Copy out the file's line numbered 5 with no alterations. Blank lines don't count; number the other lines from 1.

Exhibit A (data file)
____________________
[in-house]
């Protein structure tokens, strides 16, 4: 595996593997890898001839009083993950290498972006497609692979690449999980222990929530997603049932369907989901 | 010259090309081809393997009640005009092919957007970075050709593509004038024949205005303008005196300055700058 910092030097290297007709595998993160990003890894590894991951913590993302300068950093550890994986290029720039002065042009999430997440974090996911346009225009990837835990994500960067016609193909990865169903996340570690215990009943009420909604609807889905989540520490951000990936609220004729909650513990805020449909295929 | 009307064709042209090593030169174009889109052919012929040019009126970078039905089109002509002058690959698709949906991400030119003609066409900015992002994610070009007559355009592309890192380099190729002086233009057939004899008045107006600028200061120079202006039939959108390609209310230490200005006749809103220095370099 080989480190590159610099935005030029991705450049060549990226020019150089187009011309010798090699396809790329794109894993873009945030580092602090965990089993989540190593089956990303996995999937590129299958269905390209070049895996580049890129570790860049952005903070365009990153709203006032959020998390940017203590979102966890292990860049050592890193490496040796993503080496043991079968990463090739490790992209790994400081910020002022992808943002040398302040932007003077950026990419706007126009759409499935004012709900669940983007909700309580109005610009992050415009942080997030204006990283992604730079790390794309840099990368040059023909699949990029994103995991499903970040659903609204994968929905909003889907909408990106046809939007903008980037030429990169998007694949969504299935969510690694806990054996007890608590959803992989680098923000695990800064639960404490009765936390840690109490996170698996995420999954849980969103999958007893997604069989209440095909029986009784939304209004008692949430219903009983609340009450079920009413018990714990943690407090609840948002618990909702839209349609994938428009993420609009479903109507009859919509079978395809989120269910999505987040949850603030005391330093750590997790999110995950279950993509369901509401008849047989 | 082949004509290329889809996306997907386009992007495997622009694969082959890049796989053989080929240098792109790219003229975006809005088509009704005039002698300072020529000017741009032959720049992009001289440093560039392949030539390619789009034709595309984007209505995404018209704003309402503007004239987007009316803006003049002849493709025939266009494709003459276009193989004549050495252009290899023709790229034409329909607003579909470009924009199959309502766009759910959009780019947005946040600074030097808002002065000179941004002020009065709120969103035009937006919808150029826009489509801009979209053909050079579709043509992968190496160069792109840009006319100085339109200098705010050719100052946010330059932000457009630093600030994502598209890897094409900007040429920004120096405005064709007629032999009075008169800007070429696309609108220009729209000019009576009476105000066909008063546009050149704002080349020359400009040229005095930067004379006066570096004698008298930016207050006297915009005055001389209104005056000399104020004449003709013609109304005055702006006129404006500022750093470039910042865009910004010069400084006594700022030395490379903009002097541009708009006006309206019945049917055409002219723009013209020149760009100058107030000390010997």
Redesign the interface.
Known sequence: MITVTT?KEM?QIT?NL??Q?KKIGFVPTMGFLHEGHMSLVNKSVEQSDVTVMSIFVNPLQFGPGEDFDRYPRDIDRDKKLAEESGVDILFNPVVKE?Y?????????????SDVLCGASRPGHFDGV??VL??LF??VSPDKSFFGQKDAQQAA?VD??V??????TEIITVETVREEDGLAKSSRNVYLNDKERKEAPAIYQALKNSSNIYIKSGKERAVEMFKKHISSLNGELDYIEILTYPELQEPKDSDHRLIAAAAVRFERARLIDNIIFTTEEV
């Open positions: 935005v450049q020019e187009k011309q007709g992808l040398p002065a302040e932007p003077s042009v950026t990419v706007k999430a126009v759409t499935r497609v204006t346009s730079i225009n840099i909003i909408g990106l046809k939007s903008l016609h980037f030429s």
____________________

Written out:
């Open positions: 935005v450049q020019e187009k011309q007709g992808l040398p002065a302040e932007p003077s042009v950026t990419v706007k999430a126009v759409t499935r497609v204006t346009s730079i225009n840099i909003i909408g990106l046809k939007s903008l016609h980037f030429s």